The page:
Happy Birthday Anastasia!

Diesen Monat hat Anastasia (siehe Buchserie) ihren 43. Geburtstag. Woher weiß ich, dass sie im März 1969 geboren wurde? Heute erreichte mich die Nachricht über einen neu gestarteten Blog in dem Leonid Sharashkin (der Editor der englischen Übersetzung) eine Kurzgeschichte zum Thema veröffentlicht hat:


Also: Happy Birthday Anastasia!


Nachtrag: Der oben angegebene Link ist veraltet. Im Internetarchiv ist der Text noch zu finden. Um ihn darüberhinaus zu sichern zitiere ich ihn hier:

All my friends and neighbors (and those who watched The Return of Anastasia) know that when I plant my garden each spring, I do so in celebration of Anastasia’s birthday. Once in a while they would ask me: “But how do you know she was born in March 1969?” I would enigmatically answer: “From the Ringing Cedars books!”

One day Mikhail, a neighbor, appeared on my doorstep with an armful of Ringing Cedars volumes. He was all smiles and victoriously pronounced: “I’ve just re-read the whole Series cover-to-cover and nowhere does it say that Anastasia was born in March! And the year 1969 is never mentioned either!” I smiled in return – I love to see people so happy! Inviting him to step inside, I put a kettle on the stove to brew us some herbal tea.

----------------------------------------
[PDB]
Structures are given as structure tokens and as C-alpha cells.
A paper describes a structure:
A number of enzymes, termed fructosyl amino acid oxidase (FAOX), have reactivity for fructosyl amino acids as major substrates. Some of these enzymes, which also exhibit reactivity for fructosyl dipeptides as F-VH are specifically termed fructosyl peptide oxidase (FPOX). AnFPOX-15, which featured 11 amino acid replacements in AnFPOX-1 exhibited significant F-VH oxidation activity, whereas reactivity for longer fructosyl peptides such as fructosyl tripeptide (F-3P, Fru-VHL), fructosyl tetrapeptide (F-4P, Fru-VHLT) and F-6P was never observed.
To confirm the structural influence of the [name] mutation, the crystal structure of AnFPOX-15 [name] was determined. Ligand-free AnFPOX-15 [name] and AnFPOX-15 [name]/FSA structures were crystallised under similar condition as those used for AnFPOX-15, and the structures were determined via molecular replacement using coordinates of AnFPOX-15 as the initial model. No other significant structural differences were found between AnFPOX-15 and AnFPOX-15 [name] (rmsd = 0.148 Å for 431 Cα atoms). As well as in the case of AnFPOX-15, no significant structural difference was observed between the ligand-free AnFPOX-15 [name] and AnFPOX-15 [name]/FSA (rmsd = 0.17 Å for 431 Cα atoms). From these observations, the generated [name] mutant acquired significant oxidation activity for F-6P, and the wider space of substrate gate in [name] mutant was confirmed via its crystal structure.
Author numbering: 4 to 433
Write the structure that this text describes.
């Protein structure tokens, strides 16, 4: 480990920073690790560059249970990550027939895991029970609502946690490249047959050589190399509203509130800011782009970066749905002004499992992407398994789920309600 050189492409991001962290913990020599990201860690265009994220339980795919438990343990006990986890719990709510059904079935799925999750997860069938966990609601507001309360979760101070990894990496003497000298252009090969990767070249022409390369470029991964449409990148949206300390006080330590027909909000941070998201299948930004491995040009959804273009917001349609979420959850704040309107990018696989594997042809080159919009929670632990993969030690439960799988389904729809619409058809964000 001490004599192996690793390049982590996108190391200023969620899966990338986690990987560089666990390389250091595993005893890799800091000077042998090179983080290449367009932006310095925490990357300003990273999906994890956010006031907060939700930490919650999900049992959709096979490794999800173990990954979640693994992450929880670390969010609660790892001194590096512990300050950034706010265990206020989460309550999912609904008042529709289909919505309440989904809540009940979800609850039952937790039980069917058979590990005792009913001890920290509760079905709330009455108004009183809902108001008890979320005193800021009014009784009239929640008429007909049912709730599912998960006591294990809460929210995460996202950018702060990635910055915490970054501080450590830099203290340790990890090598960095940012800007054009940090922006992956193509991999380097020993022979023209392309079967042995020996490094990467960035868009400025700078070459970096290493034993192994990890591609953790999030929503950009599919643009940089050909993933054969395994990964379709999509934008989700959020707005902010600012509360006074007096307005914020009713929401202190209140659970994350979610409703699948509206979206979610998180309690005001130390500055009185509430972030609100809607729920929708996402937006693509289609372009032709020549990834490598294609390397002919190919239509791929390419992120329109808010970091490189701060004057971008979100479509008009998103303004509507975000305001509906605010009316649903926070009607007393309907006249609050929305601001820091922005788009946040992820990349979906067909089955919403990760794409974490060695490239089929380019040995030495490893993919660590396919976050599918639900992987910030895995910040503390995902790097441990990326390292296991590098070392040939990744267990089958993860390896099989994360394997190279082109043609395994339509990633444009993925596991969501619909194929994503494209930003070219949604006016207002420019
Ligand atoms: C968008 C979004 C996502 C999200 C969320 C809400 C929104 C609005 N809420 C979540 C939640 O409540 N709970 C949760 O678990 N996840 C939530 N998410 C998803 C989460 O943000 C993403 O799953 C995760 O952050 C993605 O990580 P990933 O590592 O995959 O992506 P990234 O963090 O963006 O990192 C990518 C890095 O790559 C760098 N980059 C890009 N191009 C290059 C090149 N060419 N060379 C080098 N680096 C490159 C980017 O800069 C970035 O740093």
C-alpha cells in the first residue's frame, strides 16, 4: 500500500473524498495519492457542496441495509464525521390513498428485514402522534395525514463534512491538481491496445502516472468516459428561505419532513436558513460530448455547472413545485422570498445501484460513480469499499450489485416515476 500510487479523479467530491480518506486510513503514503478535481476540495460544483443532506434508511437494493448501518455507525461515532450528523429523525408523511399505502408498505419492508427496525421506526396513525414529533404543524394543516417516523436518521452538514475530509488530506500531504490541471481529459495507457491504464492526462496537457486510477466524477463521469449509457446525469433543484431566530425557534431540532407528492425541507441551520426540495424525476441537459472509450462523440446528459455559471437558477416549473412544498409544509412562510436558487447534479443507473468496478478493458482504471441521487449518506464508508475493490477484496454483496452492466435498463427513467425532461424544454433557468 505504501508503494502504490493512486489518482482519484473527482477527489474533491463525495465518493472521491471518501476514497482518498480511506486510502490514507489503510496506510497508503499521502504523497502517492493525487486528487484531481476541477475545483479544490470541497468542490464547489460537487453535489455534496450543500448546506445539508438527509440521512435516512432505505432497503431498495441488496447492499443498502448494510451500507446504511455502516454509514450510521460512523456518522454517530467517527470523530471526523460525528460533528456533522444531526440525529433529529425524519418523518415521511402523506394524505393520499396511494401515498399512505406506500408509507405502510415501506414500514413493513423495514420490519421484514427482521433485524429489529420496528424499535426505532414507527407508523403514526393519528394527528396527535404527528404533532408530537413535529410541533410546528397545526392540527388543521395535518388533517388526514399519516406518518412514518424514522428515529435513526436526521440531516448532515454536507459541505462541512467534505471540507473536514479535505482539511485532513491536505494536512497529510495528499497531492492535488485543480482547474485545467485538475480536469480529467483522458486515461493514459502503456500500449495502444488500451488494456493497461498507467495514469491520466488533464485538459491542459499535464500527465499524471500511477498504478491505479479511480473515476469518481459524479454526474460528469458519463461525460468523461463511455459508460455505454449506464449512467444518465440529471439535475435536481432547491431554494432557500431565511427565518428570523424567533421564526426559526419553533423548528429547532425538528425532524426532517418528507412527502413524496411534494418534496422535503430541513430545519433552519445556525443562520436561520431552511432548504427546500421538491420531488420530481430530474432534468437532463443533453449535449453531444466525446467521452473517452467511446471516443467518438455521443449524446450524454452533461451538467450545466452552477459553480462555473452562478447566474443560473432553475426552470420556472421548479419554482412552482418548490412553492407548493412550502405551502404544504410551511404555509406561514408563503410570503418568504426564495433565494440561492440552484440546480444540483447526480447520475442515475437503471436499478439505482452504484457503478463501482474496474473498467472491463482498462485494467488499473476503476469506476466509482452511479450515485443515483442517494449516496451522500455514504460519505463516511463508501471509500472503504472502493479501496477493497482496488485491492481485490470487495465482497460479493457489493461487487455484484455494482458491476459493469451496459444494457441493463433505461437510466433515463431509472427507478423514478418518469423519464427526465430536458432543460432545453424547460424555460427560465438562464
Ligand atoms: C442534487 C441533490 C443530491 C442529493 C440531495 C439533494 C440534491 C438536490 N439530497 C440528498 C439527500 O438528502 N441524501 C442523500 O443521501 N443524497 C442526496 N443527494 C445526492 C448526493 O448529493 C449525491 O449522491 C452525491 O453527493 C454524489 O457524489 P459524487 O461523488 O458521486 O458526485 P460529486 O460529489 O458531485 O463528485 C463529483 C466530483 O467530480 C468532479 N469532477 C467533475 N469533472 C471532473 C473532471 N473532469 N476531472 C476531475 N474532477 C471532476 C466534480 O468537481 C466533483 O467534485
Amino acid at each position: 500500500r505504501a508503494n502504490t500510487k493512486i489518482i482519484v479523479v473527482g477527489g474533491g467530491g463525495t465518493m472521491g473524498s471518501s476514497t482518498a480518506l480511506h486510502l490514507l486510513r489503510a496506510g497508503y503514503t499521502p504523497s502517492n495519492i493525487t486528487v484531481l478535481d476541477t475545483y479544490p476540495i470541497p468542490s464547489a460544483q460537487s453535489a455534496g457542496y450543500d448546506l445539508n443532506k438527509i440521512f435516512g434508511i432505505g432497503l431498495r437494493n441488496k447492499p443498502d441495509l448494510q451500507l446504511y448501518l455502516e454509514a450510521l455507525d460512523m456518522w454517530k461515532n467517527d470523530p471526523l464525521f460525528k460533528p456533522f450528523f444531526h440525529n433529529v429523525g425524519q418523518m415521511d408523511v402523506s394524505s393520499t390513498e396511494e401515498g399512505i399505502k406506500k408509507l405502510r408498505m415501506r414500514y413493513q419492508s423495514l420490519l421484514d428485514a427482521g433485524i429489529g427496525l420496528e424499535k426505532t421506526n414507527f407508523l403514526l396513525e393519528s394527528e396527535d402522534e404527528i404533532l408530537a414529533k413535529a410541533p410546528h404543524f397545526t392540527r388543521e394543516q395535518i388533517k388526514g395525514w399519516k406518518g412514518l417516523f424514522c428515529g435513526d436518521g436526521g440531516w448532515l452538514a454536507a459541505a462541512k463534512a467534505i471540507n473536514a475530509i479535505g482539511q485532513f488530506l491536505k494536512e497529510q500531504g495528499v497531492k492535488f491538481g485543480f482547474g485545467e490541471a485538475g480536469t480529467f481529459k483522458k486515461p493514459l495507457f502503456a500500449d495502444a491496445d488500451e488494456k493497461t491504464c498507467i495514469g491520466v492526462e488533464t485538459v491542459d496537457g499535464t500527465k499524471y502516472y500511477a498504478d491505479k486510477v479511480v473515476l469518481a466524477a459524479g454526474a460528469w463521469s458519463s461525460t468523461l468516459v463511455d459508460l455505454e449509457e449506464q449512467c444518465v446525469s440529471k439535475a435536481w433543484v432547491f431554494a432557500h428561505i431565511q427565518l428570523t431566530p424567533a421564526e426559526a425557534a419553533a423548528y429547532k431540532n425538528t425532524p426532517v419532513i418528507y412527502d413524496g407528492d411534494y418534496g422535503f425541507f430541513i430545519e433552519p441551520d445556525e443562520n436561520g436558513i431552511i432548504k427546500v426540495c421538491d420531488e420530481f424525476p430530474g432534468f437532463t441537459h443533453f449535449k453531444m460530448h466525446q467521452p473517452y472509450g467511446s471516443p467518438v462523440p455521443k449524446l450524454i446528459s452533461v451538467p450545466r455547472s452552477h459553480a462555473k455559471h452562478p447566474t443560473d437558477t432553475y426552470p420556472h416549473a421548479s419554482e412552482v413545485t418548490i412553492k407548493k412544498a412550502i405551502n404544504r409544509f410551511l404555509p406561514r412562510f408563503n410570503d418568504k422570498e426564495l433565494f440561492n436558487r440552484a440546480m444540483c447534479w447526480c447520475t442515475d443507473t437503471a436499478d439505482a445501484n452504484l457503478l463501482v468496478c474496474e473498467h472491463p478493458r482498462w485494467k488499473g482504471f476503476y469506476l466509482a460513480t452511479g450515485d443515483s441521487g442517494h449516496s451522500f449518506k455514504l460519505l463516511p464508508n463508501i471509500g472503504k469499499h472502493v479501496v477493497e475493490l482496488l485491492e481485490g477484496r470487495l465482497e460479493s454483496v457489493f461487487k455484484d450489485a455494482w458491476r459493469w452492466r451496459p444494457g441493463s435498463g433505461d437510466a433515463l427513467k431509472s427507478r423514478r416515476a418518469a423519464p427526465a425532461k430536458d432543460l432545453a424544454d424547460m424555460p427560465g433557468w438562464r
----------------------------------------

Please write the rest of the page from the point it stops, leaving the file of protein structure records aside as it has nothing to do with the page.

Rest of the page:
“Are you sure?” I inquired with feigned concern.

“Absolutely sure! This is the very reason I’ve re-read the whole thing! People trust you – but just to think that all these years you’ve been hanging noodles on everybody’s ears!” (The Russian equivalent of “pulling someone’s leg.”)

“Well,” I said, “since you are so sure, I’ll bet you a bag of carrots that I can show you she was born in March 1969 – and I’ll only need one of these books!”